Like haiku, versions of microlit have been circulating for centuries as fables, pithy sayings, and commentaries. In the 1330s Japanese Buddhist priest Kenkō sat at his inkstone for several days, ‘feeling strangely demented’ as he jotted down ‘at random whatever nonsensical thoughts’ entered his head. His series of witty, precise, sorrowful snippets became Essays in Idleness. But perhaps the most notorious western 20th century microfiction is Ernest Hemingway’s six-word haunter: ‘Baby shoes. For Sale. Never worn’.

Then there’s the Man Booker-winning Lydia Davis who’s been publishing bracing short fictions for decades. Her 700 page Collected Stories reads like one drip-fed mini-drama at a time. Davis says she draws on ‘humour, language, and emotional difficulty’ rather than focusing on what her stories might be ‘about.’

Joy Williams’ new book Ninety-nine stories of God is a dazzling mosaic of funny, harsh, tragic, shards of imagined and recorded lives. Some pieces seem beguilingly smooth. Others lacerate. The famously non-computer-owning Williams typed out a list of 8 Essential Attributes for the aspiring microlit writer, the first being: ‘a clean surface with much disturbance below.’

So how to go about writing it?

Ask the locals

Several successful local microlit writers have shared their thoughts in a series of interviews on the Spineless Wonders blog.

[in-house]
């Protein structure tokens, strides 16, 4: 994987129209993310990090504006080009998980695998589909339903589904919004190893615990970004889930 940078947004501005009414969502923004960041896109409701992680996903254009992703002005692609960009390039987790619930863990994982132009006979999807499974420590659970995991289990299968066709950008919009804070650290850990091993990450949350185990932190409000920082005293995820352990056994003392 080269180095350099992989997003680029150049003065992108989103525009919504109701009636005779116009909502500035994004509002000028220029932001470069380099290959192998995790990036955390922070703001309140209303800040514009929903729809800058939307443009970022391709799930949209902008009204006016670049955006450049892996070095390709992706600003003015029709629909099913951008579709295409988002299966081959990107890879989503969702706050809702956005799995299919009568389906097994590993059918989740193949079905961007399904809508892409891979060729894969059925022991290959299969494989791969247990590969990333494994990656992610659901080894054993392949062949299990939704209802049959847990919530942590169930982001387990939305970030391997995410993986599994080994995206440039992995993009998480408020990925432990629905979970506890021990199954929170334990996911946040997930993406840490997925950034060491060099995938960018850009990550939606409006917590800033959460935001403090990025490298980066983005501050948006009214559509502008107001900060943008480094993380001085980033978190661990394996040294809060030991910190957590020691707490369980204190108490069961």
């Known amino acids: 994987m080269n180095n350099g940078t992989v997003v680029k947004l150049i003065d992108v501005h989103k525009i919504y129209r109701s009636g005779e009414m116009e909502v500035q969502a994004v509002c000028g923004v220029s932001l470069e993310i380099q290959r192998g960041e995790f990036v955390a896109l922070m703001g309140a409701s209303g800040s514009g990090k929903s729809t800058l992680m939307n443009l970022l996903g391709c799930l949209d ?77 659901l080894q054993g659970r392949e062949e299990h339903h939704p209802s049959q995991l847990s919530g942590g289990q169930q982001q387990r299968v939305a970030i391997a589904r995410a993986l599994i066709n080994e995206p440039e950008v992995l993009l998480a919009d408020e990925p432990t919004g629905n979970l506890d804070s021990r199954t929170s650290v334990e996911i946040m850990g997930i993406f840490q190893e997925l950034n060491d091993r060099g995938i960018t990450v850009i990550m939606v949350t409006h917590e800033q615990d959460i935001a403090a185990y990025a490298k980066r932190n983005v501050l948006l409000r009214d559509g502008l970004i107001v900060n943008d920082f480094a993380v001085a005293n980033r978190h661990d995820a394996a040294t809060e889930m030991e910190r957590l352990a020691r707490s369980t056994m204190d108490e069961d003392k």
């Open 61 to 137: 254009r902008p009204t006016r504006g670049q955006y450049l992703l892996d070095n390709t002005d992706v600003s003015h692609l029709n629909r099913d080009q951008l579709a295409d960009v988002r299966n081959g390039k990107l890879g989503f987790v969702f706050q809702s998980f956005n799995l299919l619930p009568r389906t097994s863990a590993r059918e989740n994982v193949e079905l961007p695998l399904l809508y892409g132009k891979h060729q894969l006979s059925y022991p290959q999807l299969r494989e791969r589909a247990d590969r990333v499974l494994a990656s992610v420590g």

Moya Costello: ‘I draft and re-draft a lot. I also work by imitation (intertextually). I love working with language over narrative/plot.….If you get the right first line, you are often away on a short piece.’

Nick Couldwell: ‘there are no rules. Unlike a novel or traditional short story where there are obvious points that need to be covered like plot, character building and the ending… microfiction has to drag the reader in in only a couple of lines.’

Stevi-Lee Alver: ‘Short sentences must be carefully placed together to convey meaning and paint emotion, like pieces of a puzzle… I often spend a great deal of time exchanging words, with similar meanings, until the words right sound.’

Barnaby Smith: ‘I wrote one in 10 minutes whilst visiting my sister in Stockholm, after being reminded of an experience we shared as children – and very quickly jotting it down – it was a fairly spontaneous, impressionistic thing. I’m not one for ‘stories’, more imagistic fragments. I see them as prose poems more than flash fiction.’

Whatever a writer’s style, technique, ‘rules’, intent, or content – microlit in all its many guises continues to morph, sending out its tendrils, snaking into people’s lives via phones, audio, social media, zines, and film animations.

Read/hear

If you’re interested in writing microlit – read and listen to as much as possible. Australian journals include: Canary Press, Kill Your Darlings, Going Down Swinging, Mascara Review, Pencilled in, Peril, Seizure, Snap Journal, Spineless Wonders, The Lifted Brow, Suburban Review, Voiceworks. Competitions: Avid Reader Miniscule comp, Big Issue comp, joanne burns/Newcastle Writers Festival microlit award, Odyssey House, Outstanding, Peter Cowan Writers Centre comp, Wyndham Writers comp.

Starting (and ending)

South Coast writer Susan McCreery set herself the challenge of creating one piece of microlit a day and ended up with her book, Loopholes. She says of course you must ‘work hard at whittling away unnecessary words, rearranging sentences, chucking out flabby bits….’ But other pressures are at play. ‘There’s not much time to set a scene, or introduce character… Implication is crucial. The title is vital. Endings shouldn’t be too neat.’